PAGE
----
We specialize in providing exceptional therapy for children and adolescents with speech and communication difficulties. Give us a call and see how we can help your child in areas such as articulation/intelligibility, vocabulary use or understanding, grammar, language comprehension, fluency/stuttering, voice/resonance, Augmentative & Alternative Communication, and Cognitive-Communication skills.
Inspire supports adult patients with acquired communication and swallowing difficulties. This may include those with stroke, brain injury, acquired progressive disorders, head and neck cancers, dementia, voice disorders. We offer assessment, specific advice and targeted therapy tailored to the patient's needs. Therapy is provided in the patient's home and involving caregivers and other paraprofessionals including doctors, occupational therapists, nurses and dietitians.
Our therapists provide opportunities for social learning by exploring core Social Thinking teachings and related social skills. Our lessons, whether in a group or individual setting, are driven by the needs of our patients. We take a comprehensive look at each patient’s social cognitive needs as well as their age and developmental level and develop lessons specific to them.
We are proud to be part of the technological rise as we now offer Online Virtual Speech Therapy! Inspire provides confidential web-based services which connect those in need of speech/language therapy with licensed Speech-Language Pathologists and Speech-Language Pathologist Assistants for live, one-on-one or group, online therapy sessions. Sessions are convenient, secure, affordable, and effective.
Inspire is dedicated to offering unique, effective therapy for students in all grades throughout the San Fernando and Santa Clarita Valleys. Our highly trained therapists provide consultation, assessment and therapy. Is your school in need of a speech therapist? Give us a call!
It’s not the family doctor making house calls anymore! Inspire offers in-home adult and geriatric services. We offer intervention for cognition, swallowing, language, speech, stuttering, reading and writing as part of restorative therapies following a traumatic medical event or compensatory therapy needs due to natural aging through your home health agency.
It’s very common for young children to make mistakes in their speech when they’re first learning to talk. Kids often substitute one sound for another, such as saying tat when they mean cat. Another common mistake is to omit a sound, such as asking for a poon when they really want a spoon.
Sometimes children will significantly shorten words to make them easier to pronounce. For example, many of my younger students ask to play on my ’puter when they want computer time. This is all part of the process of kids communicating their needs while they’re still learning to imitate the sounds they’re hearing.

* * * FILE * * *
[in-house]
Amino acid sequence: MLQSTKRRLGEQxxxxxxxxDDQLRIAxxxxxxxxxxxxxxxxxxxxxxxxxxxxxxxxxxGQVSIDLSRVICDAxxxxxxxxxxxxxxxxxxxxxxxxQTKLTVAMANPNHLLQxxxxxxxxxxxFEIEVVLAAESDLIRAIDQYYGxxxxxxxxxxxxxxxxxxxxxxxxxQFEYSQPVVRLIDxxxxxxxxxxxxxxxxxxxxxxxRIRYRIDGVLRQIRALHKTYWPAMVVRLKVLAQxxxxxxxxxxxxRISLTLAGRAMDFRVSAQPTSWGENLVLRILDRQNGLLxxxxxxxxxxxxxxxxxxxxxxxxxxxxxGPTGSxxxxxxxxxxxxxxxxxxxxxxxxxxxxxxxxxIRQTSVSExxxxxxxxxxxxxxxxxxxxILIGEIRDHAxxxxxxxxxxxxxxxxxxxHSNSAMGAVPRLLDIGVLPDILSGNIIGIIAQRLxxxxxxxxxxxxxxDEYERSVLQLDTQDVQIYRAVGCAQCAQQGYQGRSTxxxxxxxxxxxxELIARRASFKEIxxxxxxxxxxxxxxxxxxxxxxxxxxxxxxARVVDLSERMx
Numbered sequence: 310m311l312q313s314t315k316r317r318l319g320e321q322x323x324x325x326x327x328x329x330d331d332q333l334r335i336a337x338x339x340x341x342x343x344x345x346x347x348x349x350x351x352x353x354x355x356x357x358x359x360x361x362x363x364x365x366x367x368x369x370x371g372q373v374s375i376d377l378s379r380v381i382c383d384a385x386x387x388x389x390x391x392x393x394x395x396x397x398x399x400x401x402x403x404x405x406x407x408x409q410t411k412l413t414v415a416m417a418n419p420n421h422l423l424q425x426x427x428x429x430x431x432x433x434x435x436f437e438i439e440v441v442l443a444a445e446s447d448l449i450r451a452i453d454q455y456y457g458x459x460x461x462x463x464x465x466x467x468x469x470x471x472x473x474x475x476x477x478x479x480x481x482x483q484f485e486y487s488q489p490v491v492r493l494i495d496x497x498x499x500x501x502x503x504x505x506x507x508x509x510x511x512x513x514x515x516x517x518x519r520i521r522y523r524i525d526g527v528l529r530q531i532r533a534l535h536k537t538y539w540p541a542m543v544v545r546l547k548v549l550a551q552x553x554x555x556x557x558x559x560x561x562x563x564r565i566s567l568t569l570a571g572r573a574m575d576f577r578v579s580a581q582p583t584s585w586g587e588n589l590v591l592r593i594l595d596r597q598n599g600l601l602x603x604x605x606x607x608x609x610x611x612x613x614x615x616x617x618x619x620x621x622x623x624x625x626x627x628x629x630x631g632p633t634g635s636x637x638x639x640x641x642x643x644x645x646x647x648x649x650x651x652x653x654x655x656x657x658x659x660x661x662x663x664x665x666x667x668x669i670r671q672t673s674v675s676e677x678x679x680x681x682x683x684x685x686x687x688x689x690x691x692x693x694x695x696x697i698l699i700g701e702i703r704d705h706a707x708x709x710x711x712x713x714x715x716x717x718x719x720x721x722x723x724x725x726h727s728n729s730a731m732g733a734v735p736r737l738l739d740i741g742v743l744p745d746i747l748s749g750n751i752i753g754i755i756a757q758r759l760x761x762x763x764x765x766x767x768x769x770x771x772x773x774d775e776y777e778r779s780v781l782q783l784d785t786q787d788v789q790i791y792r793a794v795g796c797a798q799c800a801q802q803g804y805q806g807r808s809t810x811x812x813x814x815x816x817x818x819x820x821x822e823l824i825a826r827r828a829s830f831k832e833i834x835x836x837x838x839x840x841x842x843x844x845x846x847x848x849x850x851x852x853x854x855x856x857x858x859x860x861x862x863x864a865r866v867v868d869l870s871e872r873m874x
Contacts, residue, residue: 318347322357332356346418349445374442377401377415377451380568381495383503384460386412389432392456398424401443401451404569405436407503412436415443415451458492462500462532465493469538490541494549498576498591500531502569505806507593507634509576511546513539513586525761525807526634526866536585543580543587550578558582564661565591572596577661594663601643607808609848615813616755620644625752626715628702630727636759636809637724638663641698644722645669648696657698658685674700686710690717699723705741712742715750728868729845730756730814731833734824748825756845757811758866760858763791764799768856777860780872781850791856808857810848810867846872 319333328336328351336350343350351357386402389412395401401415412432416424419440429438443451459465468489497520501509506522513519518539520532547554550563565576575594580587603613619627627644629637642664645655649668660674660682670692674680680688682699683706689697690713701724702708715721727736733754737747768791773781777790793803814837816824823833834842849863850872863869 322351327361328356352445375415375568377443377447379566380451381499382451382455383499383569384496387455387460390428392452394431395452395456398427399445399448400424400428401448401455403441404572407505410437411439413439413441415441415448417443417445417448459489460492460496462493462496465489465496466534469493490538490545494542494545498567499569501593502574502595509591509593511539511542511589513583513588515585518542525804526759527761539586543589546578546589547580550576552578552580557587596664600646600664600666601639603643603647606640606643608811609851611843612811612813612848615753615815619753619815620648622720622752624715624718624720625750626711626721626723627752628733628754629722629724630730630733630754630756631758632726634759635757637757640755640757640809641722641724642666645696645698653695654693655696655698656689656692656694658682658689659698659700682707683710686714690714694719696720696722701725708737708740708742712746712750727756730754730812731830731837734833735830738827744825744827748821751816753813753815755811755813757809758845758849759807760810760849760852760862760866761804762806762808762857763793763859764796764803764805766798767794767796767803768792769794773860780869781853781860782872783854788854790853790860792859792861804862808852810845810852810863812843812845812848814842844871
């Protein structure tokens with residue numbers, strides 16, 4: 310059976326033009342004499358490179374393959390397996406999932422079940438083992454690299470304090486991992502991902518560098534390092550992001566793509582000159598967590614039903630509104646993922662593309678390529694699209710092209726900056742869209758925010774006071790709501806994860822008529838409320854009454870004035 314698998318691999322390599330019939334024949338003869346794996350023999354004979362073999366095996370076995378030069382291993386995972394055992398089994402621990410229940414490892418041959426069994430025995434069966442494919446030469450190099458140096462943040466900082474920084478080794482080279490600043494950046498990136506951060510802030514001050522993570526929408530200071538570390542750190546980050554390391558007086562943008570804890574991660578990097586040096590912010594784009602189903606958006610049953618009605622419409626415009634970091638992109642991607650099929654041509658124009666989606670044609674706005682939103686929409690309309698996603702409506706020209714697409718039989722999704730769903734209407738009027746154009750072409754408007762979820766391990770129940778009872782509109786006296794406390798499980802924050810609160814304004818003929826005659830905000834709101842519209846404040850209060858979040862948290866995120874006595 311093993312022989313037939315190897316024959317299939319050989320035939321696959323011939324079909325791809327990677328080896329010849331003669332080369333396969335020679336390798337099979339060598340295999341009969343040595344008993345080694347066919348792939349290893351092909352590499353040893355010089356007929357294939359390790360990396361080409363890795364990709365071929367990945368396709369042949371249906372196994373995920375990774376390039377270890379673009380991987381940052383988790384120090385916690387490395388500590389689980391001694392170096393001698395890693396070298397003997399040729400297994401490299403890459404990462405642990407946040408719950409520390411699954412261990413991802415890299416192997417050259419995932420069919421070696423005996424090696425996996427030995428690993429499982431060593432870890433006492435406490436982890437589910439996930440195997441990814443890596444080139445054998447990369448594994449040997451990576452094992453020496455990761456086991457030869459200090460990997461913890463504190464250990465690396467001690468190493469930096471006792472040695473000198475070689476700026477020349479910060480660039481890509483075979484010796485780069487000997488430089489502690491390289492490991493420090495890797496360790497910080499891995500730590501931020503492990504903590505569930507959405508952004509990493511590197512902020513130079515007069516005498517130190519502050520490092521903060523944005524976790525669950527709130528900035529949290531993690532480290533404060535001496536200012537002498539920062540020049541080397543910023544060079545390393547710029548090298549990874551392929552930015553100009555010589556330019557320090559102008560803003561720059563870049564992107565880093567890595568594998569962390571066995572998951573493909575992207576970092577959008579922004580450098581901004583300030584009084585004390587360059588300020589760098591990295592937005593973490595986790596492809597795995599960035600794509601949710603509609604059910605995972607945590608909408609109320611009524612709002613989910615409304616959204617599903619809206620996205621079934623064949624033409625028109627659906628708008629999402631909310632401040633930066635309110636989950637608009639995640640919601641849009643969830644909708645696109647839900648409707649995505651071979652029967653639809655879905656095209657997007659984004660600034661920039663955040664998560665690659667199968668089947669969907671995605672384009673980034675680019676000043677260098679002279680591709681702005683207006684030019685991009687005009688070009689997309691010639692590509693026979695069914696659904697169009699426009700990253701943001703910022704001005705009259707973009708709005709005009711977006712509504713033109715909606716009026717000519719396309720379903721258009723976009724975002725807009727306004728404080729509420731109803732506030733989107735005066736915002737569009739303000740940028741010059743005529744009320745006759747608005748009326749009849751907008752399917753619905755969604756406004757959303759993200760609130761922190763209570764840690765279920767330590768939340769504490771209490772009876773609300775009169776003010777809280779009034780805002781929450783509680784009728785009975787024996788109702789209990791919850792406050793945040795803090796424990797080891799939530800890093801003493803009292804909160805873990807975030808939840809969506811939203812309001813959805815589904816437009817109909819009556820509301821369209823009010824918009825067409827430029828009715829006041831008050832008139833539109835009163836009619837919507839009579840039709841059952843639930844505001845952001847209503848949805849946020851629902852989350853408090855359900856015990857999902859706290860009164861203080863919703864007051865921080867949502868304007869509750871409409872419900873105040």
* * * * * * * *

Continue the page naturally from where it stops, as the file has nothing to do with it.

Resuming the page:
Usually, as kids get older they stop making these errors. By age 8, kids are expected to make all their speech sounds correctly and to be understandable by a wide variety of people.
So why do some kids have difficulty with this while others find it so easy? In most cases, we just don’t know. But researchers have identified some factors that increase the chances of having different types of speech issues:
Articulation disorder: Kids with this issue have difficulty with the mouth and tongue movements needed to make certain speech sounds. Their speech errors include substituting one sound for another. For example, they may say wabbit instead of rabbit. They may distort a sound, such as lisping when they say s. Or they may add or delete sounds in different words.
We don’t always know what causes articulation problems. But some medical conditions make articulation difficulties more likely. These include hearing loss or frequent ear infections, illness, orthodontic issues and genetic conditions such as Down syndrome.
Phonological disorder: Kids with this issue make errors on whole groups or “classes” of sounds. For example, they might replace all sounds made in the back of the mouth (like k and g) with sounds made in the front of the mouth (like t and d).
Children might not notice they’re saying tat instead of cat or understand why the difference matters. Frequent ear infections, illness and genetic syndromes are considered risk factors for this disorder.
Childhood apraxia of speech: Kids with this type of pronunciation problem can be very hard to understand. They might not be able to say more than a few speech sounds. And they might appear to struggle physically when they are trying to get words out.
This means that there’s a disconnect between what the brain wants to say and the brain’s ability to get the lips, tongue and jaw moving correctly to make those sounds.
Learn more at Understood.Org
Please check out our new attendance policy. Things come up and we understand that however consistent attendance is key. Let us know if you have questions.
Inspire believes that every child from ages 0 to 99 deserves the ability to communicate. The harsh reality is that not everyone can afford to pay privately or is covered by insurance. Please consider donating to support our Scholarship Program. Want to apply for a Scholarship? Click below for more information.